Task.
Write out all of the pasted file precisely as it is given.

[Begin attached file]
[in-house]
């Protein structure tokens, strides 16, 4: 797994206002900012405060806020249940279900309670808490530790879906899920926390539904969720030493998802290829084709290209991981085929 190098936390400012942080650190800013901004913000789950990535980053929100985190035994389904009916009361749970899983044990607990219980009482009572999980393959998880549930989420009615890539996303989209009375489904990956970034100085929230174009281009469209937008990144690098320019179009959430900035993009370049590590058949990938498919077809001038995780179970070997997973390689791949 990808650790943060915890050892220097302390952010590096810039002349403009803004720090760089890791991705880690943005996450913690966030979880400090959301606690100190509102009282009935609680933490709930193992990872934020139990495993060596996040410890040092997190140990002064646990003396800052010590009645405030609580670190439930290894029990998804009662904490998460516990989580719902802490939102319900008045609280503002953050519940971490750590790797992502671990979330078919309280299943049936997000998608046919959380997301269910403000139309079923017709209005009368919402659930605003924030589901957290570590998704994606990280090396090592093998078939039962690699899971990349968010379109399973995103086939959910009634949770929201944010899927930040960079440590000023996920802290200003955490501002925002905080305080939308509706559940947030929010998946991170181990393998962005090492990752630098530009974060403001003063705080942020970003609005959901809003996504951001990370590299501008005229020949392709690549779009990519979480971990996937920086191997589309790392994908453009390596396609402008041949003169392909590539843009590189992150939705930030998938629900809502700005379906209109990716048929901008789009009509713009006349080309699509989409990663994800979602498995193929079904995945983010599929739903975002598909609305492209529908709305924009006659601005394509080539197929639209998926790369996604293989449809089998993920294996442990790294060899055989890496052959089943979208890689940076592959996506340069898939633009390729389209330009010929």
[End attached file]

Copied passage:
[in-house]
């Protein structure tokens, strides 16, 4: 797994206002900012405060806020249940279900309670808490530790879906899920926390539904969720030493998802290829084709290209991981085929 190098936390400012942080650190800013901004913000789950990535980053929100985190035994389904009916009361749970899983044990607990219980009482009572999980393959998880549930989420009615890539996303989209009375489904990956970034100085929230174009281009469209937008990144690098320019179009959430900035993009370049590590058949990938498919077809001038995780179970070997997973390689791949 990808650790943060915890050892220097302390952010590096810039002349403009803004720090760089890791991705880690943005996450913690966030979880400090959301606690100190509102009282009935609680933490709930193992990872934020139990495993060596996040410890040092997190140990002064646990003396800052010590009645405030609580670190439930290894029990998804009662904490998460516990989580719902802490939102319900008045609280503002953050519940971490750590790797992502671990979330078919309280299943049936997000998608046919959380997301269910403000139309079923017709209005009368919402659930605003924030589901957290570590998704994606990280090396090592093998078939039962690699899971990349968010379109399973995103086939959910009634949770929201944010899927930040960079440590000023996920802290200003955490501002925002905080305080939308509706559940947030929010998946991170181990393998962005090492990752630098530009974060403001003063705080942020970003609005959901809003996504951001990370590299501008005229020949392709690549779009990519979480971990996937920086191997589309790392994908453009390596396609402008041949003169392909590539843009590189992150939705930030998938629900809502700005379906209109990716048929901008789009009509713009006349080309699509989409990663994800979602498995193929079904995945983010599929739903975002598909609305492209529908709305924009006659601005394509080539197929639209998926790369996604293989449809089998993920294996442990790294060899055989890496052959089943979208890689940076592959996506340069898939633009390729389209330009010929």